Kleisterlee is targeting health care technology that can be used by patients at home -- an area where Philips can distinguish itself from rivals General Electric Co. and Siemens, which are stronger in medical systems sold to health professionals. Last month the company launched a system called Motiva, which provides patients with devices to monitor various vital signs and transmit the data through TV set-top boxes to doctors and nurses.
Once a sprawling collection of seemingly unrelated electronics businesses, Philips has tried to simplify over the years, casting off telecommunications and defense units, among others. The company is currently separating its semiconductor unit, which makes chips for the consumer electronics, mobile telephone and automotive industries, as a likely precursor to merging it with a rival to gain scale.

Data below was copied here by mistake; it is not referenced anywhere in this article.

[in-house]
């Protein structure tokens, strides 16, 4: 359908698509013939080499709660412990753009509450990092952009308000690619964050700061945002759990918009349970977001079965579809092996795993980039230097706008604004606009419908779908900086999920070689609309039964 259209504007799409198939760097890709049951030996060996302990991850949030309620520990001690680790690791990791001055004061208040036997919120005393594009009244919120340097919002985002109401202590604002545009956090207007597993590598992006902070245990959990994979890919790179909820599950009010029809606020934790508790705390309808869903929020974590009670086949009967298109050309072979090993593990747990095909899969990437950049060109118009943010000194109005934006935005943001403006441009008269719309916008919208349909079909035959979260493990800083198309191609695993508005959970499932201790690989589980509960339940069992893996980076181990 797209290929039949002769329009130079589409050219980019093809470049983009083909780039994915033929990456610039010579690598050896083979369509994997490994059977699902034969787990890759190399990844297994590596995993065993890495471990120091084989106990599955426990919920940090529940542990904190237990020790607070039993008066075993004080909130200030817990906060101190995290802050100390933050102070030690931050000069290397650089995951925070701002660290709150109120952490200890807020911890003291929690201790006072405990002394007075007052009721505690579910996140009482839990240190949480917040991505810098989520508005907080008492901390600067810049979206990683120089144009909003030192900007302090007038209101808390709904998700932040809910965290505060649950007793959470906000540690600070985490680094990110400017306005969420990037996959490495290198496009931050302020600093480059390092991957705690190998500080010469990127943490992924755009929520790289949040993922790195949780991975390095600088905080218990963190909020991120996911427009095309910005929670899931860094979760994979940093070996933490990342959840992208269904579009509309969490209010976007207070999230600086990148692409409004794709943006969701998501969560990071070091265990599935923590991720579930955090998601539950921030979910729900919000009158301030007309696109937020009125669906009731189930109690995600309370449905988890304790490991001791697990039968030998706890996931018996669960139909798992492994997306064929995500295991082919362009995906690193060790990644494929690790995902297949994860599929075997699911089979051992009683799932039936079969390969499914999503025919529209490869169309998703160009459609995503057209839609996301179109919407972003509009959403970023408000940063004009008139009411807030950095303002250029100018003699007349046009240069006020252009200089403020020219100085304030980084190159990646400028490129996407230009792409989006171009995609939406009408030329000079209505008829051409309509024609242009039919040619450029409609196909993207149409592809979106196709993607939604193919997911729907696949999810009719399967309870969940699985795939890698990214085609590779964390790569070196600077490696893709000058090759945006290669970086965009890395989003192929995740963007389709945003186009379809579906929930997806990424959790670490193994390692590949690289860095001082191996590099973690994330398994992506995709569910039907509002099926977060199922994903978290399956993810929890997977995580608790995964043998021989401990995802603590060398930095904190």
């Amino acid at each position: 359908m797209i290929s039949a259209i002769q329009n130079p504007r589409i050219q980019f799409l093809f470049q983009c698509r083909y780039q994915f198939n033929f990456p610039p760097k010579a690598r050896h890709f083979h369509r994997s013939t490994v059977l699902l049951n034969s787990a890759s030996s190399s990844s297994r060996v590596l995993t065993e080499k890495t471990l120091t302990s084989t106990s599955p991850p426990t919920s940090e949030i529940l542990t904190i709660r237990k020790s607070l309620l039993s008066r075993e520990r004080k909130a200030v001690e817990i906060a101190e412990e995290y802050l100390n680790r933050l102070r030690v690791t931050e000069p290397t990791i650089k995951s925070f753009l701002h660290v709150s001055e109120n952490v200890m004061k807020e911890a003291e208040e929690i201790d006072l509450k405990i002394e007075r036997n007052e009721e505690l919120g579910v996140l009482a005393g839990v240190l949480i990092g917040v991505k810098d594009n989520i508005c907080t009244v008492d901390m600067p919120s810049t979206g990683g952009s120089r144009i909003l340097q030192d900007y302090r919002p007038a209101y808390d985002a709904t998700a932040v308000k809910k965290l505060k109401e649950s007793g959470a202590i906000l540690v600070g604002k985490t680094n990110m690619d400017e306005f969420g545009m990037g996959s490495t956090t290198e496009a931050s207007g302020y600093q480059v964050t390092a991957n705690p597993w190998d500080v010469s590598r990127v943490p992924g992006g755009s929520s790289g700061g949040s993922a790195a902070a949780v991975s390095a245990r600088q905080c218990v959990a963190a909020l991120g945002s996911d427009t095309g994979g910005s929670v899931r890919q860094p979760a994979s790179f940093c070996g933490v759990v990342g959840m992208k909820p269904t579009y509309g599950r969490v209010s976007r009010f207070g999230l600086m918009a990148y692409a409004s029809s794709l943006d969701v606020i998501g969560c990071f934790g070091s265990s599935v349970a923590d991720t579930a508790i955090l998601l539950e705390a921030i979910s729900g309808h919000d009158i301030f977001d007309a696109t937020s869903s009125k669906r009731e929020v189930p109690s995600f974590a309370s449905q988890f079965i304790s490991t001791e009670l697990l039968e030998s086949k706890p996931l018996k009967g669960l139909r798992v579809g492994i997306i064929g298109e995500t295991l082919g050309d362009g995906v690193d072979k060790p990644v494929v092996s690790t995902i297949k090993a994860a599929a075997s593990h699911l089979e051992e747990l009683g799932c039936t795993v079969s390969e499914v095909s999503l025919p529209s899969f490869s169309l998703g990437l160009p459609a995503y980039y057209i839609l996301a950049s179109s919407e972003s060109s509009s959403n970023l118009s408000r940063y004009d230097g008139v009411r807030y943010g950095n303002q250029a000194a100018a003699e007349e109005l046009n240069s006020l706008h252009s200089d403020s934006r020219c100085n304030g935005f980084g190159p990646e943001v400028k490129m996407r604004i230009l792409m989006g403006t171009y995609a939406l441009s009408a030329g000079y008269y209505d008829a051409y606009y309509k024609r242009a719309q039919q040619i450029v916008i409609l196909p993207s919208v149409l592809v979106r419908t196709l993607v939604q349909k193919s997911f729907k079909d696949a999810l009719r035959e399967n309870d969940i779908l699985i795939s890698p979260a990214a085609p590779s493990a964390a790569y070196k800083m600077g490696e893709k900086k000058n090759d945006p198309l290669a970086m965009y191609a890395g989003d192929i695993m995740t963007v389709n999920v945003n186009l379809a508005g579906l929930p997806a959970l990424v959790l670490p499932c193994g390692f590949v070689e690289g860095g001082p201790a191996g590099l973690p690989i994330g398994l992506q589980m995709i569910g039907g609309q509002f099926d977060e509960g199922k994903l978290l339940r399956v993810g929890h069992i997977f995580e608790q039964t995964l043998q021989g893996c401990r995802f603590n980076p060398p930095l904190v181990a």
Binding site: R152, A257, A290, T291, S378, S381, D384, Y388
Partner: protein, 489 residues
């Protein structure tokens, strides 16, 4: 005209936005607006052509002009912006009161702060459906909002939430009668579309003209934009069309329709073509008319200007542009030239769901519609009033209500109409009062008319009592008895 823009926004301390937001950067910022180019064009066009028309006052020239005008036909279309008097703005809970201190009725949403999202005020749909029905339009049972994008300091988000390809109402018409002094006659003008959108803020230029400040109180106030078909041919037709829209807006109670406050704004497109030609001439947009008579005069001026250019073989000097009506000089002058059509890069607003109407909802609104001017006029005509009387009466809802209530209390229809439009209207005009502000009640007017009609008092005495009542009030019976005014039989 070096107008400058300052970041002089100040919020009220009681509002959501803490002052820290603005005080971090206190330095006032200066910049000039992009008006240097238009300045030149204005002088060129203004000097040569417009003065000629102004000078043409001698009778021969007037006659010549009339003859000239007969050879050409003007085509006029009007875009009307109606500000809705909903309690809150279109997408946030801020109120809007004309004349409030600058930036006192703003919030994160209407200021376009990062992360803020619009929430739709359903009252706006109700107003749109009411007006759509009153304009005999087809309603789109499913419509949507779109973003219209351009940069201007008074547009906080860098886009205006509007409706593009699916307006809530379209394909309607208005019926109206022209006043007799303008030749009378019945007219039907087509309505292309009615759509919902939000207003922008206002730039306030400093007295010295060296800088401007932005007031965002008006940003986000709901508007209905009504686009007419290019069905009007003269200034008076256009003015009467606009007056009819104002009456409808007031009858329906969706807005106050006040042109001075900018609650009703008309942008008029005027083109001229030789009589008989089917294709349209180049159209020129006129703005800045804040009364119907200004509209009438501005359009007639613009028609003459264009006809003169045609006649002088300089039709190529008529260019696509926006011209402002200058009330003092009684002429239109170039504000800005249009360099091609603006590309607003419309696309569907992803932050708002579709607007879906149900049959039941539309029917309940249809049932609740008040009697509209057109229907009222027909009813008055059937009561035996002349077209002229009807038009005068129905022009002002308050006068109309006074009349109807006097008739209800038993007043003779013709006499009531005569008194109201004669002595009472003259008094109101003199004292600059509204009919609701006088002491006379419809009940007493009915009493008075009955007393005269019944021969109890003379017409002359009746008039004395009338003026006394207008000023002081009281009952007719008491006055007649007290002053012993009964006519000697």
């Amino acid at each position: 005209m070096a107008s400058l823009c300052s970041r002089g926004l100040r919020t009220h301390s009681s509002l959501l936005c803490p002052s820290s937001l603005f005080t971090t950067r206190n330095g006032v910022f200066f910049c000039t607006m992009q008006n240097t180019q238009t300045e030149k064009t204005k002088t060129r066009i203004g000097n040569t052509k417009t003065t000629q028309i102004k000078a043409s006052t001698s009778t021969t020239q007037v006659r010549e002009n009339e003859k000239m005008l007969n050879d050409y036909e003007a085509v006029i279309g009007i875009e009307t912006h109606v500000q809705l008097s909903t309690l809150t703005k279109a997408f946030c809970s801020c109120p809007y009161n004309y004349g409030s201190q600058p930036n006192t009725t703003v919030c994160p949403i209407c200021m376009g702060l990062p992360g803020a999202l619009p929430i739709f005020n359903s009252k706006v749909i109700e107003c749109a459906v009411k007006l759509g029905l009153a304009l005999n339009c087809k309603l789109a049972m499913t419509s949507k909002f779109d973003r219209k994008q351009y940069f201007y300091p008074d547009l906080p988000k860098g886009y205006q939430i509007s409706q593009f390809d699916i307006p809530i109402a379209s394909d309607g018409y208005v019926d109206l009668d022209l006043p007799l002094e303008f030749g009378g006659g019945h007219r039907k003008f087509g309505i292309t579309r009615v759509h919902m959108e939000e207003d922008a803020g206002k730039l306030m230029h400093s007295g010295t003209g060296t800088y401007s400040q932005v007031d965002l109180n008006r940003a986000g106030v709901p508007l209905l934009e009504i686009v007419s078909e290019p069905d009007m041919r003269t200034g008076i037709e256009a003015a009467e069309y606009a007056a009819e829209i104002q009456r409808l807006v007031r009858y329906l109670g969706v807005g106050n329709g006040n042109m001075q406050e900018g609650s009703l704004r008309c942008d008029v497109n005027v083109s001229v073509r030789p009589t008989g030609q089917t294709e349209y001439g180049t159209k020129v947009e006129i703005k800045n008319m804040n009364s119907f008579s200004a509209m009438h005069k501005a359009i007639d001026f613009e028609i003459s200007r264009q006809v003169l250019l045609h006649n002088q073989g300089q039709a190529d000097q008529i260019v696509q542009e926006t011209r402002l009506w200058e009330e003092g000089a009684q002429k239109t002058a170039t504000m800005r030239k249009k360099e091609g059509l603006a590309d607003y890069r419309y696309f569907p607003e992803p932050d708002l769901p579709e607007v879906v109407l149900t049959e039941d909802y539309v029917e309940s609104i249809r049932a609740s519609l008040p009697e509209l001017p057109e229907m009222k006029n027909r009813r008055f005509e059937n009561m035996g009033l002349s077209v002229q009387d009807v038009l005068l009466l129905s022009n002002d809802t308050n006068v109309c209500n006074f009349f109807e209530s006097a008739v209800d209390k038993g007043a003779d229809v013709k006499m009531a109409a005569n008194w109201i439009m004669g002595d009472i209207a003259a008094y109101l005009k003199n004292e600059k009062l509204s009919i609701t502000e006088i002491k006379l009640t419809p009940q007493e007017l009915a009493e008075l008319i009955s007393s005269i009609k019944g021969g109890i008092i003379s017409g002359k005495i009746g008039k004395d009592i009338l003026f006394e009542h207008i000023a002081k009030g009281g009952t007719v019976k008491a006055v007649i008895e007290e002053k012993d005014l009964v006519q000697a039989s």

Simplicity is a Kleisterlee objective in other areas as well. Two years ago the CEO, a straight-talking German who was raised in the Netherlands, laid down a rule for presentations to the board, which used to drag on for hours: "If someone can't explain what he wants from us in less than ten PowerPoint slides, then he shouldn't bother coming to see us." Kleisterlee recently chatted about Philips over breakfast in New York with Institutional Investor Senior Editor Justin Schack.
Institutional Investor: Why are you separating the semiconductor unit?